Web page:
The faster you repay the loan, the less interest you may pay. The difference in the repayments between a loan of five years and a loan of 30 years is just over three times more on the shorter loan, but the interest paid is more than seven times less.

Keep in mind that this is just a sample repayment scheme, for more thorough information about your home loan, talk to your mortgage provider.

  • Additional costs. It’s important to distinguish between fees you will definitely have to pay and fees you might have to pay such as:
     
  • Additional repayments fees. Some loans have a fee if you make a lump sum payment. When charged, it could be a set fee. On fixed interest rate loans, additional repayments are generally considered a privilege and the fee may be significant.
     
  • Break cost. Break costs are usually charged when a borrower exits a fixed interest rate loan before the end of the fixed period.
     
  • Combination loan fee. Most lenders may allow borrowers to take out a combination loan. For example, you might borrow $500,000 and have $250,000 variable and $250,000 fixed. The combination loan fee is the additional amount you may pay to take out a combination loan. Many lenders do not charge to have a combination loan, but others may charge up to $600.
     
  • Deferred establishment fee. This is a fixed amount charged if the borrower exits a loan within a certain period of loan establishment, usually around three to five years.
     
  • Direct debit fee. If your loan is not with the same institution you do your banking and you have your loan payment automatically transferred to your lender, you may be charged a direct debit fee. These fees can be significant, for example, $3.50 each, which would add over $14 a month (or $168 annually) to the cost of your home loan if you make weekly payments.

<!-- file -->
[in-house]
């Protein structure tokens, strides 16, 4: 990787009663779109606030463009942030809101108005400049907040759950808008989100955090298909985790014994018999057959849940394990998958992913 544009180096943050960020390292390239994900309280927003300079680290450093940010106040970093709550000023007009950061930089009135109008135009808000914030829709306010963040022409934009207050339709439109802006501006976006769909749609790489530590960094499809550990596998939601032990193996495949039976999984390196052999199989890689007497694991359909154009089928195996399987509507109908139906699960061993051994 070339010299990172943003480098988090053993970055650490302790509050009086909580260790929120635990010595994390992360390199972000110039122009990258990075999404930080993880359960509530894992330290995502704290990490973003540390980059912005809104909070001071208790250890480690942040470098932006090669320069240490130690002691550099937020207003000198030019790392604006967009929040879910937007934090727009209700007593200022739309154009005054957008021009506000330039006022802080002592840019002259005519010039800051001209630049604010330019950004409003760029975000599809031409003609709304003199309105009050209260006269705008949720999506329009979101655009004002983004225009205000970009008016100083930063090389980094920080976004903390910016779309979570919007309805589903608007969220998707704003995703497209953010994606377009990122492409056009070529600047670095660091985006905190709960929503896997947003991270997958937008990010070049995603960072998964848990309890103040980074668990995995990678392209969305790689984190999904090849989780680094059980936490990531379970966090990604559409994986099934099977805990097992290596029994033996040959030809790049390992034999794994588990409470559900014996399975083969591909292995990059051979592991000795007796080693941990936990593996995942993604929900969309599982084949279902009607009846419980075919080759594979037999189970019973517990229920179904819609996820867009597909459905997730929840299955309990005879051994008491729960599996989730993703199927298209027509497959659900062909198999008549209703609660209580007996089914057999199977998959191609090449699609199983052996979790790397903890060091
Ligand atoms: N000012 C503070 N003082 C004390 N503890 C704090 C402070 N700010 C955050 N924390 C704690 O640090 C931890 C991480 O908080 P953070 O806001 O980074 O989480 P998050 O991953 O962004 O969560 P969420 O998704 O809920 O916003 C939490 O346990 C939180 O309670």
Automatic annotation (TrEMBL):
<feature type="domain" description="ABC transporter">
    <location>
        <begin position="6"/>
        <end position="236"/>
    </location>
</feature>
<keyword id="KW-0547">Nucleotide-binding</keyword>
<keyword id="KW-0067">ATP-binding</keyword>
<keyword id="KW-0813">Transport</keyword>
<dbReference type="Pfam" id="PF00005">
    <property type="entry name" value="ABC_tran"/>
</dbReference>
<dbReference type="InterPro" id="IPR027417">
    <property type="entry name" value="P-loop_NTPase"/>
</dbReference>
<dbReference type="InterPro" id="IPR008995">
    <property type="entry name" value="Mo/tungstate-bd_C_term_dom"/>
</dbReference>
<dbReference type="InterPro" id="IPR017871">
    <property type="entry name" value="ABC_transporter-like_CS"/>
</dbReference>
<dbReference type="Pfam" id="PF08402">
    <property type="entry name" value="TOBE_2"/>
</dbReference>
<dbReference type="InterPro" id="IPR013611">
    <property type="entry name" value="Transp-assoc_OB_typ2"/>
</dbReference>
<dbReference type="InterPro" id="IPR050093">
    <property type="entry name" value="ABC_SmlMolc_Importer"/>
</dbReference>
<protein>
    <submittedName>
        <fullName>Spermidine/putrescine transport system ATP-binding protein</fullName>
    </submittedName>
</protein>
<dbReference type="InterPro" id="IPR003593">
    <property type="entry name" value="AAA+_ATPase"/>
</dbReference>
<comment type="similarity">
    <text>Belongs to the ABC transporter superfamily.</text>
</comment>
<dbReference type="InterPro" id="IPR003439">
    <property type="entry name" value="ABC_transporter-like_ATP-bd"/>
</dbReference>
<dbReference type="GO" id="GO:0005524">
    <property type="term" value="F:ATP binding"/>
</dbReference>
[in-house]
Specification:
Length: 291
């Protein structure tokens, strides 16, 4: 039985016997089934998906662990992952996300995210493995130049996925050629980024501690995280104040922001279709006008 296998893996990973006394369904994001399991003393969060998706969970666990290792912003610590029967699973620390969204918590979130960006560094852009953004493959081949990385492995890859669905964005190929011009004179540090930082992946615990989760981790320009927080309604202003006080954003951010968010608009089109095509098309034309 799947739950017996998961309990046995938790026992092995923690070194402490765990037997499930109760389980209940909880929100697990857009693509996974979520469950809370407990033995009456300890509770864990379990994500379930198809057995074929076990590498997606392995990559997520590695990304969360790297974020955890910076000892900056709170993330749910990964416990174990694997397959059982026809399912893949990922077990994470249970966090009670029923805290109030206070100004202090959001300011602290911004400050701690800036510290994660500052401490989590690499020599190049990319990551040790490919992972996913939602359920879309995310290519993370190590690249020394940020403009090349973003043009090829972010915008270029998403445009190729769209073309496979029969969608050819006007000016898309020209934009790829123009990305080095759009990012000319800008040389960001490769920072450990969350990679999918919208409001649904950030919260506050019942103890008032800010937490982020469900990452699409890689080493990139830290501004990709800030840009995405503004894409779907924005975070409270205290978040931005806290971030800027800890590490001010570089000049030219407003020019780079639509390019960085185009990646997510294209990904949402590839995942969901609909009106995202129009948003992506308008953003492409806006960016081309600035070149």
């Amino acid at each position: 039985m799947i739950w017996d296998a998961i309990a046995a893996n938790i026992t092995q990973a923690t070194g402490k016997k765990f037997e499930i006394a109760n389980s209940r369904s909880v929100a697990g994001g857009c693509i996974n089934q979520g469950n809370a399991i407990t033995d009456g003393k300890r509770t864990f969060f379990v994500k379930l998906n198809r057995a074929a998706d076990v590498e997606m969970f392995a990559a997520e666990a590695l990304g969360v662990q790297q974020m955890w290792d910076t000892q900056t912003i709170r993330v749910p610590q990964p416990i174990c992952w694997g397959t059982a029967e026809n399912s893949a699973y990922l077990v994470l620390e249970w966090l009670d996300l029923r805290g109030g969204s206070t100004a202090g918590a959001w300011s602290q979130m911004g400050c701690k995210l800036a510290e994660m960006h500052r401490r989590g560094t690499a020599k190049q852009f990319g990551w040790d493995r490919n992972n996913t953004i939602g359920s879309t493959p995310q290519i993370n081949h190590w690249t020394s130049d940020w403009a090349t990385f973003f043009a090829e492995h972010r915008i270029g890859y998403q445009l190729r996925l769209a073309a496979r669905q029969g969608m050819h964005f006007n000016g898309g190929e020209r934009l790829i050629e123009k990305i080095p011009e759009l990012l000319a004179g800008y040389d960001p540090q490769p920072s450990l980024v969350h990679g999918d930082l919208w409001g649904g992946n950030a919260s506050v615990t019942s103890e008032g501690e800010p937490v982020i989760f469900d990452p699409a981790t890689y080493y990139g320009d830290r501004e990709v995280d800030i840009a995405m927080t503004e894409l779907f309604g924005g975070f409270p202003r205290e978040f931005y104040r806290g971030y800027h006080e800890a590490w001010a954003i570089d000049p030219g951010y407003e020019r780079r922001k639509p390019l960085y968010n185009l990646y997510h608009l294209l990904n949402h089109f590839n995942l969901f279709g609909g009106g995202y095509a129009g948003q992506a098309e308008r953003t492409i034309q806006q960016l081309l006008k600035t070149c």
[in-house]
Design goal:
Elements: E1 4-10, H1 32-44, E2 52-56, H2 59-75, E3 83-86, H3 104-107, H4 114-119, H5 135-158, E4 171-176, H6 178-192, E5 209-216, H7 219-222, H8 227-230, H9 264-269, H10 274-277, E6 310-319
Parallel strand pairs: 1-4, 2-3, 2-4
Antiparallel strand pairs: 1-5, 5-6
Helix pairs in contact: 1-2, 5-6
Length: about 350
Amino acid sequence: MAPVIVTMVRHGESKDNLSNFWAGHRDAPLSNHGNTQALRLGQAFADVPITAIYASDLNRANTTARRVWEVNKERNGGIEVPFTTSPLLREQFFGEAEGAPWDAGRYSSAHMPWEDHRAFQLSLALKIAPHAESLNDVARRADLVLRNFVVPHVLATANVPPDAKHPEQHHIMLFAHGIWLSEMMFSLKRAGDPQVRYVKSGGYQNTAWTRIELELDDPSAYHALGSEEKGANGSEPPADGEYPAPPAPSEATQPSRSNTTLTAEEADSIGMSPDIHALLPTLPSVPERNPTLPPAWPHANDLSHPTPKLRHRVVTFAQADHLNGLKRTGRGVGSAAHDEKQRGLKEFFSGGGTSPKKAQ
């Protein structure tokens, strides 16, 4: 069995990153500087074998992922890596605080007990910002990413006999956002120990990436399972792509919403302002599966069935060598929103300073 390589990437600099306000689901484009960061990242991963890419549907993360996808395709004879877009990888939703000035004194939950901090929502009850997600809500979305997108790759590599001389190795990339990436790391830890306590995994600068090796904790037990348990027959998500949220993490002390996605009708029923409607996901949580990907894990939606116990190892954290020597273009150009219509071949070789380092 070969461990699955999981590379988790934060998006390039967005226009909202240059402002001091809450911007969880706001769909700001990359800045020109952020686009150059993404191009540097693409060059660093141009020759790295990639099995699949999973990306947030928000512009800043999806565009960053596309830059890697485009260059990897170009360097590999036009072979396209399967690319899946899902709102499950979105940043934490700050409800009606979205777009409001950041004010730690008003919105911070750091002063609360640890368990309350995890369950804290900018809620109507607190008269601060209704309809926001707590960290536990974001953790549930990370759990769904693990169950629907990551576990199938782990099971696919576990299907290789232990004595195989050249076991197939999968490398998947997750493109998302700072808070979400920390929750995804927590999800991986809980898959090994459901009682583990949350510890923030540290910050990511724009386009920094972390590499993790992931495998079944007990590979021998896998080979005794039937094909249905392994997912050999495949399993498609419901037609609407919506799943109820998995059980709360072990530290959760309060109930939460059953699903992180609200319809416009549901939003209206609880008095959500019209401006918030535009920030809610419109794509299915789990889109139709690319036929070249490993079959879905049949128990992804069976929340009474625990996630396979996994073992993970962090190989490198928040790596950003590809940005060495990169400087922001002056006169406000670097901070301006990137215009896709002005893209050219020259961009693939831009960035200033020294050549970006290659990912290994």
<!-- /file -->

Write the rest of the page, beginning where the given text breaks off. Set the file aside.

• giroPost fee. A growing number of institutions allow their customers to conduct transactions at Australia Post outlets using the giroPost system. You may have to pay for a giroPost fee to make a withdrawal using this system.
     
  • Late payment fee. If you fall behind in your loan payments you may be penalised. The penalty can be in the form of a higher interest rate on the outstanding amount or a flat fee after the payment is overdue for a set period.
     
  • Mortgage discharge fee. This is the lender’s charge to transfer ownership of a property to the borrower when the loan has been repaid. It covers the lender’s legal and administrative costs. Generally, the government transfer fees must be paid in addition to the quoted amount. These vary from state to state.

How can a broker help?

A mortgage broker is an expert providing financial advice to home buyers. He or she stands in as a guide through the complexities of your mortgage application. A broker has access to various loan products through a panel of lenders he or she is accredited with. In the past five years, consumer use of brokers grown by 29% to 59.1% market share, says the Mortgage & Finance Association of Australia.

Before you meet with a broker, make sure that he or she has a license to give you loan advice. Your broker should be:

  • Accredited under the National Consumer Protection Act
  • Have a Certificate IV and preferable a Diploma in Financial Services
  • A member of the Mortgage & Finance Association of Australia (MFAA) and/or the Finance Brokers Association of Australia (FBAA)
  • A member of the Credit Ombudsman Service Ltd (COSL), which is an avenue for borrowers to source independent dispute resolution help

You may use the Australian Securities and Investment Commission Connect’s (ASIC Connect) Professional Registers to find licensed brokers. In your search, use the following lists on the register:

  • Credit Registered Person
  • Credit Representative
  • Credit Licensee
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You may also use our Find a Mortgage Broker page to find a broker near you.